Untitled, found paper collage by Matt Gonzalez, 2011. Collection of Cynthia Popper.
ART EXHIBITIONS & REVIEWS
Park Life, San Francisco (forthcoming solo show)
a.Muse Gallery, Lux and Textura: Explorations Beyond the Surface, San Francisco (group show)
Smith Andersen Editions, The Hogarth Project, Palo Alto (group show)
a.Muse Gallery, Fictions: The Worlds Writers and Artists Create, San Francisco (group show)
Meridian Gallery, Regarding Configurations, San Francisco (two-person show with Dennis Parlante)
Guerrero Gallery, December Group Show, San Francisco (group show)
Fecal Face Dot Gallery, Winter Group Show, San Francisco (group show)
The Bold Italic, Bold Rush Los Angeles!, Los Angeles (group show)
International Museum of Collage, Assemblage and Construction, Collage/Assemblage Centennial 1912-2012, Pagosa Springs, Colorado (group show)
The Emerald Tablet, Passages: The Art of Sandro Sardella & Friends, San Francisco (group show)
The Graduate Theological Union, UC Berkeley, Art For Change, Berkeley (group show)
Focus Gallery, Abstract / Large, San Francisco (group show)
Jack Fischer Gallery, The Collage Show, San Francisco (group show)
Carl E. Smith Fine Arts, Slash / An International Survey of Contemporary Collage, Laguna Beach (group show)
Luggage Store Gallery, In The Moment, San Francisco (group show)
Guerrero Gallery, Building Context, San Francisco (group show)
B. Sakata Garo, Codices Urbanos, Sacramento (two-person show with Gustavo Ramos Rivera)
Bryant Street Gallery, Paper, Scissors, Glue / Bay Area Collage, Palo Alto (group show)
a.Muse Gallery, Scissors vs. Brush, San Francisco (two-person show with Tom Schultz)
George Krevsky Gallery, The Fine Art of Baseball, San Francisco (group show)
Triple Base Gallery, Out of the Flat Files, San Francisco (group show)
Suite Five Salon, New Works, San Francisco (two-person show with Ben Irvine)
George Krevsky Gallery, Affordable Treasures, San Francisco (group show)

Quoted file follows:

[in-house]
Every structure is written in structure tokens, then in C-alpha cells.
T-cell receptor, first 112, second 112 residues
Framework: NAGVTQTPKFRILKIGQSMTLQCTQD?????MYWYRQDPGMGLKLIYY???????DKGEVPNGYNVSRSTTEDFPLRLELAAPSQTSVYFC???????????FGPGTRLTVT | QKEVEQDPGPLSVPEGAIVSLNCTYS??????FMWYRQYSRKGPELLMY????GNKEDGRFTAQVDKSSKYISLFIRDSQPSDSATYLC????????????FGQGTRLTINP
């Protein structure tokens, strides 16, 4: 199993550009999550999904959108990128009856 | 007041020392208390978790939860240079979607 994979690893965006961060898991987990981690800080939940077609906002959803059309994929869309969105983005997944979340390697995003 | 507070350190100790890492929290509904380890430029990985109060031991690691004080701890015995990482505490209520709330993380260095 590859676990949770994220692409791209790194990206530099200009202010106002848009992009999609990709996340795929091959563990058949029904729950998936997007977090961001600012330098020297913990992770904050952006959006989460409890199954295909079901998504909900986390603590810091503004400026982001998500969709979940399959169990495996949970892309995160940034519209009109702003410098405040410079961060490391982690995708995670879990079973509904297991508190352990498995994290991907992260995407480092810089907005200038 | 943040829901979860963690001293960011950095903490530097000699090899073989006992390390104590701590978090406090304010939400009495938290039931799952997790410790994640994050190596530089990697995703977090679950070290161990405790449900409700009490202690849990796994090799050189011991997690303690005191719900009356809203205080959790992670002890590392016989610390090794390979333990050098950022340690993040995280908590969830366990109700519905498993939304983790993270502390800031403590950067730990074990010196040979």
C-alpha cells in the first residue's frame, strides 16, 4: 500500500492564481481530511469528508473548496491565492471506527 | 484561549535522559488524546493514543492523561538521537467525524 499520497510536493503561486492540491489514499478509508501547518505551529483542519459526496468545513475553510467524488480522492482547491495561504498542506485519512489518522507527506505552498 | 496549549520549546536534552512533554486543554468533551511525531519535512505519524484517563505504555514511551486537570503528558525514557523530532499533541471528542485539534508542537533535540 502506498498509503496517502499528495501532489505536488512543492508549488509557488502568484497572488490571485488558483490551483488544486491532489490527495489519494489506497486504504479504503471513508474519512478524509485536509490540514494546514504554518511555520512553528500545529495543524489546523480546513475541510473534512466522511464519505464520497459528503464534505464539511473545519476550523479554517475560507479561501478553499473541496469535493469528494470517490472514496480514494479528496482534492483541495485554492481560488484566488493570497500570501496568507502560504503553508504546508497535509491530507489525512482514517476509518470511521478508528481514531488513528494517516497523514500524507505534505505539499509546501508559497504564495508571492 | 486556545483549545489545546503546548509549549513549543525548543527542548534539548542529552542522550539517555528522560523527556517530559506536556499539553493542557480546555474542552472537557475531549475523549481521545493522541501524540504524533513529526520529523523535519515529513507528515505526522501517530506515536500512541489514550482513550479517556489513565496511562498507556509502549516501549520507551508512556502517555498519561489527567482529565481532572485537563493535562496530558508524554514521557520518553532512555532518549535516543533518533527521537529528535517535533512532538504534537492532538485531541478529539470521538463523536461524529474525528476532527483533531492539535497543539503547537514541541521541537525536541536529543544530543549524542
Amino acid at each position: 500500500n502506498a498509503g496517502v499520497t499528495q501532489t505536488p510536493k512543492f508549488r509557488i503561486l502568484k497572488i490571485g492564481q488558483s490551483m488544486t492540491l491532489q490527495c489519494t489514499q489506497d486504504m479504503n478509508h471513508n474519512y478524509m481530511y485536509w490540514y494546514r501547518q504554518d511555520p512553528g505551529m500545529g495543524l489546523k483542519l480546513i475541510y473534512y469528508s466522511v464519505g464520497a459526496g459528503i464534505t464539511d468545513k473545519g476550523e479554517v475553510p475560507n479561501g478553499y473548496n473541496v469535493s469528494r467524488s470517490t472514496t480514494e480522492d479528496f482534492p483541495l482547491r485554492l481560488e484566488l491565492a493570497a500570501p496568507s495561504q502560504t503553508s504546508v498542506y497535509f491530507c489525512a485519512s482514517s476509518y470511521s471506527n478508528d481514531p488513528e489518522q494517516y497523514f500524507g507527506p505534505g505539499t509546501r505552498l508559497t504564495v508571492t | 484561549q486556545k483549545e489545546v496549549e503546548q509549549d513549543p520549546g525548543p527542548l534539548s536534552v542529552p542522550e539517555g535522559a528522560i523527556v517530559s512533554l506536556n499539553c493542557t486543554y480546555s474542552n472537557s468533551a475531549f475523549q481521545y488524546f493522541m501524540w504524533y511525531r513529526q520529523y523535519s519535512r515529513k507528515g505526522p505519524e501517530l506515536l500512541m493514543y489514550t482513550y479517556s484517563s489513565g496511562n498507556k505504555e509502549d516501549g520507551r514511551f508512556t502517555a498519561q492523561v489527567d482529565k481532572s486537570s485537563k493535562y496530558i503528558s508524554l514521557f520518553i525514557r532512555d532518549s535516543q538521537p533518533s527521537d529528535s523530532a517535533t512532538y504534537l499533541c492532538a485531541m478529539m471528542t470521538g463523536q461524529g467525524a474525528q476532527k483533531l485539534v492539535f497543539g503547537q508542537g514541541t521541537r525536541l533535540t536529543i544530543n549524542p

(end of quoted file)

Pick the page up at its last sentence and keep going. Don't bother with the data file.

Smith Andersen Editions, Five From Folsom Street, Palo Alto (group show)
Lola, Mixed Media Collage, Berkeley (solo show)
111 Minna Gallery, The Novemberists, San Francisco (group show)
Market Street Gallery, Skate This Art, San Francisco (group show)
The Breakfast Group, For Every Passer-by, Berkeley (solo show)
Gallery Extraña, Defiant Optimism, Berkeley (group show)
In vitro Gallery, I Put It Back In Order For You, Chicago, IL (solo show)
Johansson Projects, Crossing the Delaware, Oakland (group show)
Soap Gallery, Pull Here to Get Everything You Want, San Francisco (solo show)
Art House, Before My Rushing Heart, McAllen, TX (group show)
Adobe Books Backroom Gallery, Let Her Make A Speech for Me, San Francisco (solo show)
The Hive Art Salon, New Works, San Francisco (group show)
Hayes Valley Art Market, Flood, San Francisco (three-person show with Felix Macnee & Paul Spencer)
Lincart Gallery, Walking in the Street, San Francisco (two-person show with Omar Chacon)
Live Worms, Eight at the Gate, San Francisco (group show)
a.Muse Gallery, Waxwing & Kite, San Francisco (two-person show with Felix Macnee)
ART Panels, Lectures, & Discussions
Talking Art: Snipping, Clipping, Pasting. Conversation with artists who use a variety of collage techniques in photomontage, printmaking, three-dimensional forms, and video art. Artist Panel: Val Britton, Matt Gonzalez, Robynn Smith, and Vanessa Wood. San Jose Institute of Contemporary Art, 04/25/13.
Panel Discussion: Travis Somerville. Panel discussion coinciding with Travis Somerville’s solo exhibition A Great Cloud of Witnesses, moderated by Diana Daniels, Associate Curator, Contemporary Art at the Crocker Art Museum. Panelists include Travis Somerville, Matt Gonzalez, Chris Johnson, and Jeff Dauber. Catharine Clark Gallery, San Francisco, 03/02/13.